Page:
Monday, April 21, 2014

The Medicinal Approach

I've been increasingly hearing more about First Aid Beauty, mainly through Ingrid of missglamorazzi, so when I spotted the Forever Fab Kit on sale at David Jones, grabby hands ensued. (Thanks goes to Cherie for the heads up in the first place that F.A.B. was being discontinued and marked down to be cleared at DJs.) Containing a small tube of Ultra Repair Cream (56.7g), Detox Eye Roller (8.5ml) and Facial Radiance Pads (60 pads), the three-piece set seemed to be an ideal introduction to the brand. I was also hoping to find the Ultra Repair Instant Oatmeal Mask raved about by Fleur De Force but there weren't any left.


Ultra Repair Cream
I'm guessing this is one of the star products in the F.A.B. range, so I was excited to try it out and hopefully be impressed. At first I thought it was a face cream, but it's actually an all-purpose cream for dry skin which can be used for the body as well. Since I only have a small tube of this but litres of combined random body moisturisers I've yet to use, I've reserved the Ultra Repair Cream for my face only. To me, it's a fairly simple, straightforward, well-formulated cream. There doesn't seem to be a whole lot of bells and whistles or potential nasties with it, and it has a distinctly medicinal feel and scent. You need only a small amount for the face and once it's absorbed, it leaves the skin soft and moisturised without feeling greasy. I'd pick this for sensitive skin that might be suffering from breakouts or other irritations, or skin that's drier than normal, for example during the winter. It's free of mineral oil and relatively affordable compared with say, Trilogy, Jurlique or Antipodes (the 56.7g tube is $12 in the US), so I can see this being a repurchased staple for those with an uncomplicated approach to their skin care (men included).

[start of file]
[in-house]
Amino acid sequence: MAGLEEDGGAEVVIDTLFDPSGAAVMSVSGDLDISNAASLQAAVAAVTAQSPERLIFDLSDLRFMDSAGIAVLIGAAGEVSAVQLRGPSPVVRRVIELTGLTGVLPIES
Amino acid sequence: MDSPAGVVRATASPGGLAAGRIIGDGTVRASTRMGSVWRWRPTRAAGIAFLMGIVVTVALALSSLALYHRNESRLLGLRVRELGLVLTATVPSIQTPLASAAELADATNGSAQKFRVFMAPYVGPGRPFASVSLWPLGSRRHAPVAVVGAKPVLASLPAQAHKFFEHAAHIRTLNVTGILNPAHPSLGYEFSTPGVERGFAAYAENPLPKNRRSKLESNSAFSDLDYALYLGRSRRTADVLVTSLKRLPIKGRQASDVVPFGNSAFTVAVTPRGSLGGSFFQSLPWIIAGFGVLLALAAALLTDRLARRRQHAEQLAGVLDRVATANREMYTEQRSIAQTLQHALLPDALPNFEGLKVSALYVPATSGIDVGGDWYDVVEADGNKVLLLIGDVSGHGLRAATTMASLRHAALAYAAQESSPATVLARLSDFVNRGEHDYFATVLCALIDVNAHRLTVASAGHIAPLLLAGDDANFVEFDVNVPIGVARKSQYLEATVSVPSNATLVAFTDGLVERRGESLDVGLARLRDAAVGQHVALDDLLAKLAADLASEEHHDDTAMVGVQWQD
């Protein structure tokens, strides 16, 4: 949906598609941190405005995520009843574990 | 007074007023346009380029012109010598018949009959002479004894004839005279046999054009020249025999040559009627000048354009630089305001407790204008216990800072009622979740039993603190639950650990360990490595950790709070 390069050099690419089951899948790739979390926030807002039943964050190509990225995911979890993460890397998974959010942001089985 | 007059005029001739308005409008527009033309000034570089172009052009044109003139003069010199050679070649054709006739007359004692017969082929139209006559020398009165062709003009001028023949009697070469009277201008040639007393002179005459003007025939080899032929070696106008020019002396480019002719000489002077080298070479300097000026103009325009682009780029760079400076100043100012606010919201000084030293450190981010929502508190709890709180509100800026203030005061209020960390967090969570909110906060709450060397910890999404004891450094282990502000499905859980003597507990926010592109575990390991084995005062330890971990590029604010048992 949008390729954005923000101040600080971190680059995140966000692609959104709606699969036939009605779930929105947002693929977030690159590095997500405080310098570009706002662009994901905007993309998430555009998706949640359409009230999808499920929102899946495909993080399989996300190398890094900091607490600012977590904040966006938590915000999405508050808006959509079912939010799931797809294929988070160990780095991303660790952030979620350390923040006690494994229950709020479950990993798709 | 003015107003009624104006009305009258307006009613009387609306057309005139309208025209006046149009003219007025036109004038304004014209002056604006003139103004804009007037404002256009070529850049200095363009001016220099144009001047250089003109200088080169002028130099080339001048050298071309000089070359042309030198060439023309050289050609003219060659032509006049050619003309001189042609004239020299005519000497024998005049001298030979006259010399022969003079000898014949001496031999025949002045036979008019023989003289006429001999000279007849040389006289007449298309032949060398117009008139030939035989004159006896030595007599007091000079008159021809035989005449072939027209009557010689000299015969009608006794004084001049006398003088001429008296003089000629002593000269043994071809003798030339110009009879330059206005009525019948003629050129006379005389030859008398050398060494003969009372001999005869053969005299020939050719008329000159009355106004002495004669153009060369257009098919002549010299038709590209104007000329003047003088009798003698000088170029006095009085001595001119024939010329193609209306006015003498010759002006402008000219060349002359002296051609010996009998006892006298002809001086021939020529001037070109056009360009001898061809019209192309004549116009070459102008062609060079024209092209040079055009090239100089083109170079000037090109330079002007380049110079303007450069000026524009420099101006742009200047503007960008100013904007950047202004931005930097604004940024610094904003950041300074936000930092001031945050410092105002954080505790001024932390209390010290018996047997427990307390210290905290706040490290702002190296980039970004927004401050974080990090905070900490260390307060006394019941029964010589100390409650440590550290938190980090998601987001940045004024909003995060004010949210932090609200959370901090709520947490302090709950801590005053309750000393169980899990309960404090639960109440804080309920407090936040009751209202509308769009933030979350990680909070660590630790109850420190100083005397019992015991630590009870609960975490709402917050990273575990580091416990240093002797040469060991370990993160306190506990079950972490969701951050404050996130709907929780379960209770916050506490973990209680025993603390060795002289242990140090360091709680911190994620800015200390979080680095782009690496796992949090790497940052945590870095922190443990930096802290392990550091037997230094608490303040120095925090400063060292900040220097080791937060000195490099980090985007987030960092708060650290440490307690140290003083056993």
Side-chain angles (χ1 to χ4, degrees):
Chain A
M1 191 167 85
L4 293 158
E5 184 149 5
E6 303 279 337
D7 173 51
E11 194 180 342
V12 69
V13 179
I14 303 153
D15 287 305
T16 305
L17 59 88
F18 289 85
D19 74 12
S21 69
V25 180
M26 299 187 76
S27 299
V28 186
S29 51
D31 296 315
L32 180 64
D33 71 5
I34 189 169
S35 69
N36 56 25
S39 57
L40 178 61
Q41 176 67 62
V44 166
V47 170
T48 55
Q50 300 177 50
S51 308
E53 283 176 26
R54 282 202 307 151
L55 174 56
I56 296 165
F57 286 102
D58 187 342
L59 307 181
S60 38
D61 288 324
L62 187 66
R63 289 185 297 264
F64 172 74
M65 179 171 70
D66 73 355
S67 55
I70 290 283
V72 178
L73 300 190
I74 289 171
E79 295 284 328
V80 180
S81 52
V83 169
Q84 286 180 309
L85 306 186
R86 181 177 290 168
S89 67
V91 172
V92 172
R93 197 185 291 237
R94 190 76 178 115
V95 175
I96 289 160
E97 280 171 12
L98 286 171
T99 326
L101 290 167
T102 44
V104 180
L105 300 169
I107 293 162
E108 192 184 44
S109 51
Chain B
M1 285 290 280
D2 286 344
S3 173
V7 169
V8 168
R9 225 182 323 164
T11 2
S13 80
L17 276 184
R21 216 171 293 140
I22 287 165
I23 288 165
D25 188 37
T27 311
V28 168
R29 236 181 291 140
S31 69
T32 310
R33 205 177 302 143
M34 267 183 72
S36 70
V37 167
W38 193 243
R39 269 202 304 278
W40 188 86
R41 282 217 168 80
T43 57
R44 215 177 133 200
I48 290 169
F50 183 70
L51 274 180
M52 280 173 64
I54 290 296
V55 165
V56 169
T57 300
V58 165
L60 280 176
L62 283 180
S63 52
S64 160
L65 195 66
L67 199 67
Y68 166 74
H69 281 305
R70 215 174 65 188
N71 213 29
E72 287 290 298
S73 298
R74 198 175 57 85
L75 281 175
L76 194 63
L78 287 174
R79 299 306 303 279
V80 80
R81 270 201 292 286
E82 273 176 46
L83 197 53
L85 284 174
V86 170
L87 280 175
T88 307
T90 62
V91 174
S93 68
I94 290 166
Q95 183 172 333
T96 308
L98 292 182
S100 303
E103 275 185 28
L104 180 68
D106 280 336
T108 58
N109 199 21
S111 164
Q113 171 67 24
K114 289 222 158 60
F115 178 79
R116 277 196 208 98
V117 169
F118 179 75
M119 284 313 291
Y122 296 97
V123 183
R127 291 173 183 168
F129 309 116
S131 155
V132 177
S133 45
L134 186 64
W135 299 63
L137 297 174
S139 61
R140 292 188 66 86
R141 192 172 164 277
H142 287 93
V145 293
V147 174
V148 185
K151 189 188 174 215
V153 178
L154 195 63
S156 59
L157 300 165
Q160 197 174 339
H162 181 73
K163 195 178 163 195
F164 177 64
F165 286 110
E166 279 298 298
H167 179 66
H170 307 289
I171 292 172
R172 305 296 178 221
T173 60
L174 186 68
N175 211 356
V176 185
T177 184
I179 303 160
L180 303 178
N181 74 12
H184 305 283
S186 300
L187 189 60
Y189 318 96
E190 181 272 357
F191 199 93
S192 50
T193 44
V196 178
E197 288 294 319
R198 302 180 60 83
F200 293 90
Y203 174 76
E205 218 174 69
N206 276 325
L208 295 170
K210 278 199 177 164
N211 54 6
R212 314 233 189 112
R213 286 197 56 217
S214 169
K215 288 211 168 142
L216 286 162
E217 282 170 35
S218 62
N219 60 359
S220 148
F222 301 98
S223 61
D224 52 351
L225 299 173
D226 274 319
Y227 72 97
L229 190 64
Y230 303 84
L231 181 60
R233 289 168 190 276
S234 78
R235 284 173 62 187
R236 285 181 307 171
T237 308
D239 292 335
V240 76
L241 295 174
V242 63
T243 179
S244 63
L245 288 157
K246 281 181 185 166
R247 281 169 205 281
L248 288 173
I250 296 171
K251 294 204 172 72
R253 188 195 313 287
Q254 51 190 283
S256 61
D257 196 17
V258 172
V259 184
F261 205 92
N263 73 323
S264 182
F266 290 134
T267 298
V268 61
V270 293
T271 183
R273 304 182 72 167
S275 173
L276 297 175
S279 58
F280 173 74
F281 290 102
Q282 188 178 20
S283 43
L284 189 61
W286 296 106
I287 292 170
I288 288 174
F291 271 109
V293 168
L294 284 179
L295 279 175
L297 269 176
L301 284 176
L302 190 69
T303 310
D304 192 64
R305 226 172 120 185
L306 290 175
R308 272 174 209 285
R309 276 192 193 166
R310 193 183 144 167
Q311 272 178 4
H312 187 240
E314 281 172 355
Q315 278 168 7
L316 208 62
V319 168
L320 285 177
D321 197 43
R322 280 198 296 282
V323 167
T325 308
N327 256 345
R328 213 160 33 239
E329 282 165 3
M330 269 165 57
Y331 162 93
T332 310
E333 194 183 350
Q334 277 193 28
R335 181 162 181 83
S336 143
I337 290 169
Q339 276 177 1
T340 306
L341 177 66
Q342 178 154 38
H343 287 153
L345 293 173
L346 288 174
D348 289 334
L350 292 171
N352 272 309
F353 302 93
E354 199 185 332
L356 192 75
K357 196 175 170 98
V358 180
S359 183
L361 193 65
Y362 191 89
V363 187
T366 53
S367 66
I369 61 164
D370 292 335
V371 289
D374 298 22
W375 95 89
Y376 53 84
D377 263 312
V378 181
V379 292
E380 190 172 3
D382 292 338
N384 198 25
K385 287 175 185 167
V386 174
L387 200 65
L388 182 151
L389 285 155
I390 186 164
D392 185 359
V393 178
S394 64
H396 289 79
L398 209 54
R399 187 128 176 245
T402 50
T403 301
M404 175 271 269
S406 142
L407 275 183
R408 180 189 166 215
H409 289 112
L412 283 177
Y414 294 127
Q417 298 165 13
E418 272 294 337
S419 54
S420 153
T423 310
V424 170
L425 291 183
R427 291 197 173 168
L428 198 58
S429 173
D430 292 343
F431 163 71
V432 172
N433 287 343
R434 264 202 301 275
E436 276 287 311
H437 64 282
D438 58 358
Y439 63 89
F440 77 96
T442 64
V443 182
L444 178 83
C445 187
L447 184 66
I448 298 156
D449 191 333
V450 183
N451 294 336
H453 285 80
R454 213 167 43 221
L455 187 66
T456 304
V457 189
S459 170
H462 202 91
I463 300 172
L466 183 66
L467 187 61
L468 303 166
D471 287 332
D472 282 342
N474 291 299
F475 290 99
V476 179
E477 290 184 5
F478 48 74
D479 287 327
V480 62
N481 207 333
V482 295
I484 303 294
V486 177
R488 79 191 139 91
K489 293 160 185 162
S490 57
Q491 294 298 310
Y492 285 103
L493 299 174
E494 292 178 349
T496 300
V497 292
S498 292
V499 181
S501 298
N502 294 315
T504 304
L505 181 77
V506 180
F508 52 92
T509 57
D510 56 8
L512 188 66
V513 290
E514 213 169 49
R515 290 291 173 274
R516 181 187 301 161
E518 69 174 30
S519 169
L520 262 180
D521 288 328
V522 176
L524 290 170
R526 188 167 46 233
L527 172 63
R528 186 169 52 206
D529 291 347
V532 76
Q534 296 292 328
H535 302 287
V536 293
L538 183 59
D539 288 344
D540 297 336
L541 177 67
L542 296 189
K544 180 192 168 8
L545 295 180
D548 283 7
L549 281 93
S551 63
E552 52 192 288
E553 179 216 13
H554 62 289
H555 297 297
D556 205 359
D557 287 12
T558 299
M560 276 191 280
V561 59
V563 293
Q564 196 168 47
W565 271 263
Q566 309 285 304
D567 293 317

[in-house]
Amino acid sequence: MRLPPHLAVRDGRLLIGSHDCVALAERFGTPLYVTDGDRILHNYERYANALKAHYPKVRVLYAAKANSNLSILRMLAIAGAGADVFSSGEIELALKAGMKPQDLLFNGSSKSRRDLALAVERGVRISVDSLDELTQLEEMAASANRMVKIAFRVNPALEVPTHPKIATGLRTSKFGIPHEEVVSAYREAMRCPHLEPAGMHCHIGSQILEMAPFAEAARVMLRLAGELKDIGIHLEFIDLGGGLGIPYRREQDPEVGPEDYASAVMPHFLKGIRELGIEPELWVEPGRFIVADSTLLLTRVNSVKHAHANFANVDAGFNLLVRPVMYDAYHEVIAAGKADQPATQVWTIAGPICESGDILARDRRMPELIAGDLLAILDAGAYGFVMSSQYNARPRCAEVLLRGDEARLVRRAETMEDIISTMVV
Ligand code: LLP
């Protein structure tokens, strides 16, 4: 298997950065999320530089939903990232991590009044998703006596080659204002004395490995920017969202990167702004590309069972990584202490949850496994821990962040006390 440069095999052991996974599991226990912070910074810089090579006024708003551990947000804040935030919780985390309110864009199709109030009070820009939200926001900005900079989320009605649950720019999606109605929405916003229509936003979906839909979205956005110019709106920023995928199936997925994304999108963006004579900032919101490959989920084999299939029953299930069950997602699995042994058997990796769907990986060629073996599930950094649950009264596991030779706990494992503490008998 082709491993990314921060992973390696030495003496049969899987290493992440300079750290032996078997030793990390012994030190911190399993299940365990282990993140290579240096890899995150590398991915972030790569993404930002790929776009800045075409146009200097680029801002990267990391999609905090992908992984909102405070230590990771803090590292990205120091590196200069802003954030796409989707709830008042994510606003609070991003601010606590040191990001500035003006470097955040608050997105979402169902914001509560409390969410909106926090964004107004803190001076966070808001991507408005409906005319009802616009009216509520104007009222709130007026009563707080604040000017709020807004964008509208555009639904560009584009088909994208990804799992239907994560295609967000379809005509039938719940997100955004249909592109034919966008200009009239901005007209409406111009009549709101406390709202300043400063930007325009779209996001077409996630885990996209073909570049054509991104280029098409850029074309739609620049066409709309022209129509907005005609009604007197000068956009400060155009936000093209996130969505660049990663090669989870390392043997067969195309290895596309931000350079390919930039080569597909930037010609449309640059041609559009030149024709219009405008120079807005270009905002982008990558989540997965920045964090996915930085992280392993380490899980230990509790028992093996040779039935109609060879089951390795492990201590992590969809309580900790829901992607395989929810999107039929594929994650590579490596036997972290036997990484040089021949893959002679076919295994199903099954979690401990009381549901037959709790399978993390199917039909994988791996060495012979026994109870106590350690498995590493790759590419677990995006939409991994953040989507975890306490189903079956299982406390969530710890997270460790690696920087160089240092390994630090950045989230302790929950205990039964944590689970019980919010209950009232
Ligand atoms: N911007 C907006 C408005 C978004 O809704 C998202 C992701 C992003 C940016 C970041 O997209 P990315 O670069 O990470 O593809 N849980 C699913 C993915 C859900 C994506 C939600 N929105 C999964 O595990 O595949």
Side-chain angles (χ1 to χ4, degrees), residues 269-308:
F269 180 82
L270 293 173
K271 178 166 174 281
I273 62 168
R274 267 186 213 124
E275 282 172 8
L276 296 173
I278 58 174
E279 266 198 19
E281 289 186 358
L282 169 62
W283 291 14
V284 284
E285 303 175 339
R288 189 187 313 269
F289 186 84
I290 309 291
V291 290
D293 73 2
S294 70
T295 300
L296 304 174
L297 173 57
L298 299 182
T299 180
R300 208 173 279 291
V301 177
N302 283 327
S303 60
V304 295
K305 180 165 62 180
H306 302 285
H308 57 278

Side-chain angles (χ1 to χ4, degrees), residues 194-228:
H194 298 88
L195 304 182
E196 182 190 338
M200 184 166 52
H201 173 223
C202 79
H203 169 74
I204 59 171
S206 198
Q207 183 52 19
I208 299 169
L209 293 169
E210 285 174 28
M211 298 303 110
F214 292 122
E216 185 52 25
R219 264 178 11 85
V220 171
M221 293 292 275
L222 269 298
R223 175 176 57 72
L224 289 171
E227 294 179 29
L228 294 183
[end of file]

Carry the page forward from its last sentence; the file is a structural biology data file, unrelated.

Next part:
Facial Radiance Pads